Author Topic: Our horrible streets, roads and highways  (Read 306 times)

Offline Victor E Sasson

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Our horrible streets, roads and highways
« on: June 17, 2019, 09:12:43 AM »
Here is the contradiction of living in Bergen County and New Jersey: We pay some of the highest property taxes in the nation, yet our streets, roads and highways are either crumbling or long overdue for an expansion, as in the case of the Garden State Parkway in northern New Jersey.

In Hackensack, many of our streets are in third-world condition, especially if they are owned by Bergen County, which rips us off in another way: Tens of millions of dollars in property, including courthouses and administrative buildings, are tax exempt, shifting the tax burden to home and business owners. Then, to add insult to injury, the county refuses to maintain portions of Summit and Prospect avenues, but merely patches them repeatedly and plugs potholes, reducing them to bumpy cow tracks.

At the City Council work session on June 11, the city manager read off a list of streets that will be paved this year. After 30 years of total neglect, my block of Euclid Avenue, between Prospect and Summit, will finally be paved. When I leave my garage, I have to drive under 15 mph over numerous patches and potholes repairs near Prospect to avoid hard hits to the suspension. Going up the hill toward Summit, the story is the same.

I asked about the conversion of Main Street to 2-way traffic and was told that project has been postponed to next year.

But no relief is in sight for the congestion at intersections that lack turn lanes, including Passaic Avenue at Summit Avenue and Passaic at First Street, because the county refuses to install them, even with its power of eminent domaine. I've actually heard a City Council member say in effect, "We can't force the county to use its power of eminent domaine." Probably not, but the city can demand concessions in this area and others as givebacks in return for all of that tax exempt property and the burden they place on both city services and long-suffering local property tax payers.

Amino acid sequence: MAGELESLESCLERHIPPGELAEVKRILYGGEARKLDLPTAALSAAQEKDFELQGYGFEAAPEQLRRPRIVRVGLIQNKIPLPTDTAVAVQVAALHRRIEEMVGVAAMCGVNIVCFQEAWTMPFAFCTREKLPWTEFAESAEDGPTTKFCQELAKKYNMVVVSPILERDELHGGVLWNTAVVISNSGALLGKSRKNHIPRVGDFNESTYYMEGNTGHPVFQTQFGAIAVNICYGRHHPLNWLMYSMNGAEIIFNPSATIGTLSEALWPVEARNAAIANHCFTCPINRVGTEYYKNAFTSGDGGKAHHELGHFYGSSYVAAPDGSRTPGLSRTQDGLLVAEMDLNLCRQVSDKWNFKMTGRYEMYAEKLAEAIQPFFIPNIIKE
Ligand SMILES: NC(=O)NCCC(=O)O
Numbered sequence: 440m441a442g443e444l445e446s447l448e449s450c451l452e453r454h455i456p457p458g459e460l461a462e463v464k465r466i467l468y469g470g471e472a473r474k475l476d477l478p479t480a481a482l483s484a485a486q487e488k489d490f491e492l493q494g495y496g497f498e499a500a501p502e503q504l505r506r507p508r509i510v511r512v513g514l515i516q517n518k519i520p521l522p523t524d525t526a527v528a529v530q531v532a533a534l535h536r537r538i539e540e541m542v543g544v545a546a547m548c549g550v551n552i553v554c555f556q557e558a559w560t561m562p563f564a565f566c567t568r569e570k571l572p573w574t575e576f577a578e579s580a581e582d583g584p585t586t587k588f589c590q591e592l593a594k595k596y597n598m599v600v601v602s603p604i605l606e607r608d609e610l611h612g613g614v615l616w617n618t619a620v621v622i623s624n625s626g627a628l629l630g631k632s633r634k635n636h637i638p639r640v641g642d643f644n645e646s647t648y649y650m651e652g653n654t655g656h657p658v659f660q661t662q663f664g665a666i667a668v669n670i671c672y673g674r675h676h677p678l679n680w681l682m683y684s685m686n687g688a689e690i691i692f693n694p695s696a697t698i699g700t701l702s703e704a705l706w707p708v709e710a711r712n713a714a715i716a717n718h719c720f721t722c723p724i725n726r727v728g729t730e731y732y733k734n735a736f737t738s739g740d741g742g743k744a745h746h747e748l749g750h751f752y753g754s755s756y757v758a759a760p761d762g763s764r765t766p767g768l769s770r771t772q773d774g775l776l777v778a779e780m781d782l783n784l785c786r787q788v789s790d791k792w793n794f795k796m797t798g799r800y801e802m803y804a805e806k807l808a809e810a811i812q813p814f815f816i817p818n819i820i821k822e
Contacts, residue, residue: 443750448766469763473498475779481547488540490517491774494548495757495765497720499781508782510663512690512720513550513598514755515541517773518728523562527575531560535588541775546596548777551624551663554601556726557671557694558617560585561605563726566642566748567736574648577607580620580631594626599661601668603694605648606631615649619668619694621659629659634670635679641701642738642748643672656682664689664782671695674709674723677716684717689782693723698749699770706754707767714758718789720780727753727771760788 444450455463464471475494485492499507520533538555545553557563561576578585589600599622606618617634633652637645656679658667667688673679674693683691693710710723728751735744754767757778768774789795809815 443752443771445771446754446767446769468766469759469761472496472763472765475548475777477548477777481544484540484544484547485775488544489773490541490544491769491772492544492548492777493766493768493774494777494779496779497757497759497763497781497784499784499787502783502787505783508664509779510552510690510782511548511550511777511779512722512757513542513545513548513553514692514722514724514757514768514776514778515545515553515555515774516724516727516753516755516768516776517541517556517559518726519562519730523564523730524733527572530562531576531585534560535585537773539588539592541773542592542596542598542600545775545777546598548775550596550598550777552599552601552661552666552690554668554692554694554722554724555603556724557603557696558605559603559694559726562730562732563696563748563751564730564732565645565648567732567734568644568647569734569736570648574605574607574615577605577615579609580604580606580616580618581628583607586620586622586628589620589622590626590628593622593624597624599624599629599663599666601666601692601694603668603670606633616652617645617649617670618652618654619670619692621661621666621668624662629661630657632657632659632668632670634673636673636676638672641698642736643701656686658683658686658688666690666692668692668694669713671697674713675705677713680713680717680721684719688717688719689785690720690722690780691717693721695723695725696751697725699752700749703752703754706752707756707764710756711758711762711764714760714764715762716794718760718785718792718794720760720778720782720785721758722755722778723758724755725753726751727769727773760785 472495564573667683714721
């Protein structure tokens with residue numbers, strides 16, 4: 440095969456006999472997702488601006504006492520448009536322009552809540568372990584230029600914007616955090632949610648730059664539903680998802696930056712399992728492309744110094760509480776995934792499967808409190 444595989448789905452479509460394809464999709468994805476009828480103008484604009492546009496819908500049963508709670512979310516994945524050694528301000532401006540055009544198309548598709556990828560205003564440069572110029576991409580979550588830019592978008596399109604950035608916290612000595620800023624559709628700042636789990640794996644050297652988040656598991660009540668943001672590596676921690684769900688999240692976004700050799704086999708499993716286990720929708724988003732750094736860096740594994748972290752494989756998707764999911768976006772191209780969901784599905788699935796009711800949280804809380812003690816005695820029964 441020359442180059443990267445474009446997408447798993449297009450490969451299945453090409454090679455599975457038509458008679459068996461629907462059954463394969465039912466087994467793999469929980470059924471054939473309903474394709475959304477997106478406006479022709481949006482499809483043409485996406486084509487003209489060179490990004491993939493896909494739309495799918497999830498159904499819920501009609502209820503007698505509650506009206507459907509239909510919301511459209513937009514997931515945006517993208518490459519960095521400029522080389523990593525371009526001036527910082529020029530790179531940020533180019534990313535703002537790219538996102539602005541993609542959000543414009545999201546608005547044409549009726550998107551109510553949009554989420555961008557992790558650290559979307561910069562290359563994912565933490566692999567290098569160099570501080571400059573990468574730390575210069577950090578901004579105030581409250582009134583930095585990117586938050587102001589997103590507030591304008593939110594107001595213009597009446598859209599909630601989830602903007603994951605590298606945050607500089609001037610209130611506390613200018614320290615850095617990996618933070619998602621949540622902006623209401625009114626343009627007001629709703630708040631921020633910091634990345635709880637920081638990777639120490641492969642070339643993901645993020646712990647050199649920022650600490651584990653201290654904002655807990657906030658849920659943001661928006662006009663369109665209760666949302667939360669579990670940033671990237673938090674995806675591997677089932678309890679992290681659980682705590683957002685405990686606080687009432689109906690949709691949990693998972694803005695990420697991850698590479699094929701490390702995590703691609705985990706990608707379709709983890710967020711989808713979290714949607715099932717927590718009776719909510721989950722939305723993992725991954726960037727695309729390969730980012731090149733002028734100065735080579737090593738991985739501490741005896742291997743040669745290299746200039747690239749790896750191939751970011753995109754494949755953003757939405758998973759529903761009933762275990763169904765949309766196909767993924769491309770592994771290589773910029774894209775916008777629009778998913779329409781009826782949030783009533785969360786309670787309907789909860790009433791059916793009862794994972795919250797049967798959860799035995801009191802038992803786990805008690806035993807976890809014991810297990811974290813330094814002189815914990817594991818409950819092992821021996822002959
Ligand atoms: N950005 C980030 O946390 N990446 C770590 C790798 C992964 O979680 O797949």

Why do city and county officials treat us this way? Probably because they can get away with it, given the legions of apathetic voters in Hackensack -- so many sheep begging officials to slaughter their quality of life.

These officials, some more arrogant than others, know the only way to reach them outside of the ballot box is to go to a meeting and grab 3 minutes of their time to sound off and express outrage at the status quo, something few of us do, and I don't blame them. At the work session I attended, I had to wait about an hour to talk after a presentation of a proposed $50 million YMCA in Johnson Park, and negative comments from more than a half-dozen residents.

What taxpayers need are ombudsmen for the city and county who can listen to such complaints and get them to the right official for consideration and possible action.

When I planned a night out this past Friday, all of this came to mind:

http://thesassonreport.blogspot.com/2019/06/a-massive-traffic-jam-ruined-our-night.html




Offline Victor E Sasson

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Re: Our horrible streets, roads and highways
« Reply #1 on: July 14, 2019, 09:57:10 AM »
I met a friend for lunch in Montclair last week, and found the streets in that tony community no better than we have in Hackensack. Rough, potholed, frequently patched pavement is a rash that is spreading around northern New Jersey. In Englewood, the number of sunken manholes is astounding, and I find a lot of them on county owned streets like Grand and Engle Streets. Instead of driving down a street, you have to slalom.

 

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